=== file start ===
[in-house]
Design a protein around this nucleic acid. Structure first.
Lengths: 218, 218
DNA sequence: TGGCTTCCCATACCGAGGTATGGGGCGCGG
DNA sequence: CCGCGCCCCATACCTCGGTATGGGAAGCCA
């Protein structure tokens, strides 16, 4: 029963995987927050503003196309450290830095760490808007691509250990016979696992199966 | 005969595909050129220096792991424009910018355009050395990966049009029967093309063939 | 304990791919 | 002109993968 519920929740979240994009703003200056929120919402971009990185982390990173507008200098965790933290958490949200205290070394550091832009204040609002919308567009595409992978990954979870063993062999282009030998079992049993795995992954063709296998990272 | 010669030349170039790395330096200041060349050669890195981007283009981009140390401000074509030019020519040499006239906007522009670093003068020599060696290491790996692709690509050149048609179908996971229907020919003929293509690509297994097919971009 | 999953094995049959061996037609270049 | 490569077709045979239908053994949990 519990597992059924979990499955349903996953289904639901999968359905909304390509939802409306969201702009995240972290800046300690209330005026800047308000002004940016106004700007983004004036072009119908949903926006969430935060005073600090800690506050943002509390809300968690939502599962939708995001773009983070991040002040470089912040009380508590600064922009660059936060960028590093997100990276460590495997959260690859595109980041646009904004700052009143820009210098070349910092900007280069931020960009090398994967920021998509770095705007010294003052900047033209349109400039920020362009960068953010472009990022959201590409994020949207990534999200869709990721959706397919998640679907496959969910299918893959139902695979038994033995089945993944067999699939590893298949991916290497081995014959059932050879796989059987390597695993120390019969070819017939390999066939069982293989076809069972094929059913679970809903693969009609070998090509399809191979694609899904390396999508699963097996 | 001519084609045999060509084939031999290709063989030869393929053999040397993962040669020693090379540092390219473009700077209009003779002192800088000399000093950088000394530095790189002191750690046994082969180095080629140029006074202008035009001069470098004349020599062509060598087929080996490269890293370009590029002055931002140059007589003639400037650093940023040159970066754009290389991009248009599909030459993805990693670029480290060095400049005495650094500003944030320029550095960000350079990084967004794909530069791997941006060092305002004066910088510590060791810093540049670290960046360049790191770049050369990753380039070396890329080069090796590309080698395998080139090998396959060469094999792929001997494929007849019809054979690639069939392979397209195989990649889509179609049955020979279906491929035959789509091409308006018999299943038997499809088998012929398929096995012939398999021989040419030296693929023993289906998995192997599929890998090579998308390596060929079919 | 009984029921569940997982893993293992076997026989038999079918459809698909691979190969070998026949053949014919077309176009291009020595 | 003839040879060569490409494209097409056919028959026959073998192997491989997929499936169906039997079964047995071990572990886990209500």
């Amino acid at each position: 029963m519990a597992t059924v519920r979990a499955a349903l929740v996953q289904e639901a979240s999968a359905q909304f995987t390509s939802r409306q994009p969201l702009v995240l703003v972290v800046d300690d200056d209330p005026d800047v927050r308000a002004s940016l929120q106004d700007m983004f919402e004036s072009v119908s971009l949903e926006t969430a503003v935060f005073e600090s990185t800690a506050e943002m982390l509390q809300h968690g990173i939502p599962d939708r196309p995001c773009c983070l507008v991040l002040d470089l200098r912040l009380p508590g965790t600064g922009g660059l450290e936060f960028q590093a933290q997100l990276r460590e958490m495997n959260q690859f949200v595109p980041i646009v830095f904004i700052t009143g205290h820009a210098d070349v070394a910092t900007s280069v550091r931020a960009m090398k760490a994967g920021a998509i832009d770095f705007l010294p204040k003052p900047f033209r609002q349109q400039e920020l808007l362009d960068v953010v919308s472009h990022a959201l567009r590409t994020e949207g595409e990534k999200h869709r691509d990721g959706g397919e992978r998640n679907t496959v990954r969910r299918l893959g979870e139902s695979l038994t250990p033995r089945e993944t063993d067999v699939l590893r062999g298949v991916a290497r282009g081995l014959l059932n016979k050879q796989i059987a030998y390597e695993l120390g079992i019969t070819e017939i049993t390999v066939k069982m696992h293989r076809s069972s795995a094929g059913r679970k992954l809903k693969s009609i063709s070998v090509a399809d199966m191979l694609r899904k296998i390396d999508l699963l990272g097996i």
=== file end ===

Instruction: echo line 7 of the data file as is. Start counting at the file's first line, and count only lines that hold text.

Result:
């Amino acid at each position: 029963m519990a597992t059924v519920r979990a499955a349903l929740v996953q289904e639901a979240s999968a359905q909304f995987t390509s939802r409306q994009p969201l702009v995240l703003v972290v800046d300690d200056d209330p005026d800047v927050r308000a002004s940016l929120q106004d700007m983004f919402e004036s072009v119908s971009l949903e926006t969430a503003v935060f005073e600090s990185t800690a506050e943002m982390l509390q809300h968690g990173i939502p599962d939708r196309p995001c773009c983070l507008v991040l002040d470089l200098r912040l009380p508590g965790t600064g922009g660059l450290e936060f960028q590093a933290q997100l990276r460590e958490m495997n959260q690859f949200v595109p980041i646009v830095f904004i700052t009143g205290h820009a210098d070349v070394a910092t900007s280069v550091r931020a960009m090398k760490a994967g920021a998509i832009d770095f705007l010294p204040k003052p900047f033209r609002q349109q400039e920020l808007l362009d960068v953010v919308s472009h990022a959201l567009r590409t994020e949207g595409e990534k999200h869709r691509d990721g959706g397919e992978r998640n679907t496959v990954r969910r299918l893959g979870e139902s695979l038994t250990p033995r089945e993944t063993d067999v699939l590893r062999g298949v991916a290497r282009g081995l014959l059932n016979k050879q796989i059987a030998y390597e695993l120390g079992i019969t070819e017939i049993t390999v066939k069982m696992h293989r076809s069972s795995a094929g059913r679970k992954l809903k693969s009609i063709s070998v090509a399809d199966m191979l694609r899904k296998i390396d999508l699963l990272g097996i």